Bill Gates is no Steve Jobs. He's not a charismatic showman or messianic artist-technologist. He's something arguably better than that: He's an action hero. Who else but a comic-book superhuman could claim credit for saving nearly six million lives? Such is the argument made by a handsome infographic created by Frugaldad.com called "Redefining Action Hero: Bill Gates is Better than Batman." (Actually it's more like one of those long-scrolling graphic slideshows than a true infographic, but we'll let this one slide.)
Obviously, Bill Gates didn't literally save every one of those lives with his own two bare hands; Frugal Dad is making a point about the impact of Gates's philanthropic organization, The Bill and Melinda Gates Foundation, which is dedicated to (among other things) eradicating diseases like malaria, whooping cough, and yellow fever. According to the sources cited, Mr. Gates's philanthropic giving is directly responsible for saving 5,812,000 lives "by bringing vaccines and improved health care to children internationally"—and possibly 7.6 million by 2019, "all children under five." When you put it that way, Gates sounds better than Superman, Jesus, and Santa Claus put together, not just Batman.
It's rather amazing that Gates has given $28 billion to charity so far, $2 billion more than the U.S. budget for foreign aid—part of a commitment to disbursing at least half his entire net worth within his own lifetime. But it's not only about writing checks. According to the graphic, Gates created a multiplier on his own capital in the form of The Gavi Alliance, which brings the influence of UNICEF, the United Nations, and the World Bank to bear on pharmaceutical companies with the goal of getting them to lower the cost of lifesaving drugs. Cheaper vaccines mean more people (especially children) in developing nations don't die of diseases the rest of us never have to worry about. The alliance successfully pushed the cost of a rotavirus vaccine down by 99%.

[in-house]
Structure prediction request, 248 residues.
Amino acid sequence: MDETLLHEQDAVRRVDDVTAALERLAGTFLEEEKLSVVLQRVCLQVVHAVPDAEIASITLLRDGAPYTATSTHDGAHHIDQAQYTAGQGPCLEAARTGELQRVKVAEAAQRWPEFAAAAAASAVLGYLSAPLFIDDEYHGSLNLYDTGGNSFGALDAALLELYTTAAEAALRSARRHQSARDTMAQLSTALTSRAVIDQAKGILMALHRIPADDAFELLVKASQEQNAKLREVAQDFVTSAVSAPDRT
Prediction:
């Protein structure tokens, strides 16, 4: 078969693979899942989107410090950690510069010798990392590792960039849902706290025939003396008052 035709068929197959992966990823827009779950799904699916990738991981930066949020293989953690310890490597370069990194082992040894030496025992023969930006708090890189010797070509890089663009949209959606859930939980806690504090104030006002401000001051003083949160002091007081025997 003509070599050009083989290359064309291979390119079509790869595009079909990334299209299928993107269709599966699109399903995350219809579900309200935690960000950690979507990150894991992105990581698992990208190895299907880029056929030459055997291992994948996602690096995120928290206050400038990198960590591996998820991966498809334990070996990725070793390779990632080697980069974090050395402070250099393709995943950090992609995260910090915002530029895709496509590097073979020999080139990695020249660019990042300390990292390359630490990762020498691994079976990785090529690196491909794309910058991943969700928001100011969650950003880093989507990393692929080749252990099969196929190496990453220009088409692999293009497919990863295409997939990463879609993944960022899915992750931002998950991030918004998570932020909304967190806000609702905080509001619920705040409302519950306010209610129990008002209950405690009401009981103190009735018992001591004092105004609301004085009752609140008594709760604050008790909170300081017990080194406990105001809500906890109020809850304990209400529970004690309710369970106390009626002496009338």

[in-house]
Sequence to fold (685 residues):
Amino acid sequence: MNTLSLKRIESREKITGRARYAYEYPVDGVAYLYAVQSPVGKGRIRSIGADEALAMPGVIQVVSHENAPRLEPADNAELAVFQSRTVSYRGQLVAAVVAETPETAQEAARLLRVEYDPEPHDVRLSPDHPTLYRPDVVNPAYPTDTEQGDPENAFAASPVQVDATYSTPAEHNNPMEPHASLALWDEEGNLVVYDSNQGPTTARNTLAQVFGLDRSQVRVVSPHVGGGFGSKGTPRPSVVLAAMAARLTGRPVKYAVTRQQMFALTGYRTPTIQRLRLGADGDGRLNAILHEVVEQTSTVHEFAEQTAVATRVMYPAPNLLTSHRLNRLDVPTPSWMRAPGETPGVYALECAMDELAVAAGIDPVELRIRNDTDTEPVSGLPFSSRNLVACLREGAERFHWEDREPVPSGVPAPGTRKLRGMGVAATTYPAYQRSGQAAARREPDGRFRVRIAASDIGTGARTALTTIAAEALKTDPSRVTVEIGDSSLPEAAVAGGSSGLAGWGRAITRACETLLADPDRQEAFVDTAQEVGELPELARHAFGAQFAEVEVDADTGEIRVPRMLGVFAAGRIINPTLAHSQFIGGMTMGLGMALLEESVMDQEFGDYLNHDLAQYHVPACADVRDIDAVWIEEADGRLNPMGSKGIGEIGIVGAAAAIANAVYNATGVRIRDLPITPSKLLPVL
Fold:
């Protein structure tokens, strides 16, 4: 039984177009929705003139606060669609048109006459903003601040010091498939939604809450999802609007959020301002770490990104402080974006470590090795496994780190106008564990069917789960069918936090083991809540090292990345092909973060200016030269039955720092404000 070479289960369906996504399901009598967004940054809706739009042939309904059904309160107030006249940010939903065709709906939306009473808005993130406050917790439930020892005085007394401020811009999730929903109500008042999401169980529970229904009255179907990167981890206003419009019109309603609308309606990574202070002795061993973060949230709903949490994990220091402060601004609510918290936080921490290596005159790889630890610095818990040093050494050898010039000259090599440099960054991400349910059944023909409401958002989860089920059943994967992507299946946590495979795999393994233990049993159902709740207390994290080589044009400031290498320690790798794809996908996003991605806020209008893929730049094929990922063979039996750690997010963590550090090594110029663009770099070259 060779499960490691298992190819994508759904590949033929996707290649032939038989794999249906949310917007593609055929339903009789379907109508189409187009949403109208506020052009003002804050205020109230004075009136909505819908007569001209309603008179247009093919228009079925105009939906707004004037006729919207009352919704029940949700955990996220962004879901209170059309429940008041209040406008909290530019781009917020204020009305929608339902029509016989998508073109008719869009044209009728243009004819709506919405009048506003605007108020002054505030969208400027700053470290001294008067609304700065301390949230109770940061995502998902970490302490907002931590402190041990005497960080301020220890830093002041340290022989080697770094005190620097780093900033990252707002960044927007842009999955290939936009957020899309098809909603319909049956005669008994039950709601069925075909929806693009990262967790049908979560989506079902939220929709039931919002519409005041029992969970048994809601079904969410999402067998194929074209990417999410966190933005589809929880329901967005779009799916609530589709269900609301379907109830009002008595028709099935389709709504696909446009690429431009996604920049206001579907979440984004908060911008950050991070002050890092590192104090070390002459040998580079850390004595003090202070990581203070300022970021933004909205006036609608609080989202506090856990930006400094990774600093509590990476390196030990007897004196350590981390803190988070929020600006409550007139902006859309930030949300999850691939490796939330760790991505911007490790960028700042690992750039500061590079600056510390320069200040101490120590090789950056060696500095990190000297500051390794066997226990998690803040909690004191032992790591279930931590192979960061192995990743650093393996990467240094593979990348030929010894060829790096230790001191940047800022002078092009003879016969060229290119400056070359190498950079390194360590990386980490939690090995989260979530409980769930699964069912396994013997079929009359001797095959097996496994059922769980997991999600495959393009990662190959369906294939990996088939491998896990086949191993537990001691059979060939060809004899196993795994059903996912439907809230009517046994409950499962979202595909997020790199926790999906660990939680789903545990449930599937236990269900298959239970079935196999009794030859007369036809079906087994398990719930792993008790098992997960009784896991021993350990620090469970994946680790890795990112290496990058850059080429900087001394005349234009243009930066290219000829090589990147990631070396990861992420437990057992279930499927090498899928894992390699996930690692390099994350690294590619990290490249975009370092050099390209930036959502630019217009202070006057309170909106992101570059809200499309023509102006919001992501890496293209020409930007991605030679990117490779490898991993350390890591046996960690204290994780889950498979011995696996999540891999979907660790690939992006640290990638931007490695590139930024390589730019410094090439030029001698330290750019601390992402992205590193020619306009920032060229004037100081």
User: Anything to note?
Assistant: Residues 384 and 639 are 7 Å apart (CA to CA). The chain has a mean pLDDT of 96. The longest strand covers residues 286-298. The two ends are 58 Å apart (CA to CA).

Not to be a jerk, but there's no record of Steve Jobs—the saint to Gates's Satan in the minds of many—giving a cent to philanthropic causes during his lifetime. So it's great to see a less obviously charismatic (or even sympathetic) figure like Gates getting his due from someone in the design community. Both of these men were technology visionaries whose companies changed the world, but only one of them arguably changed the world more after he left his company behind.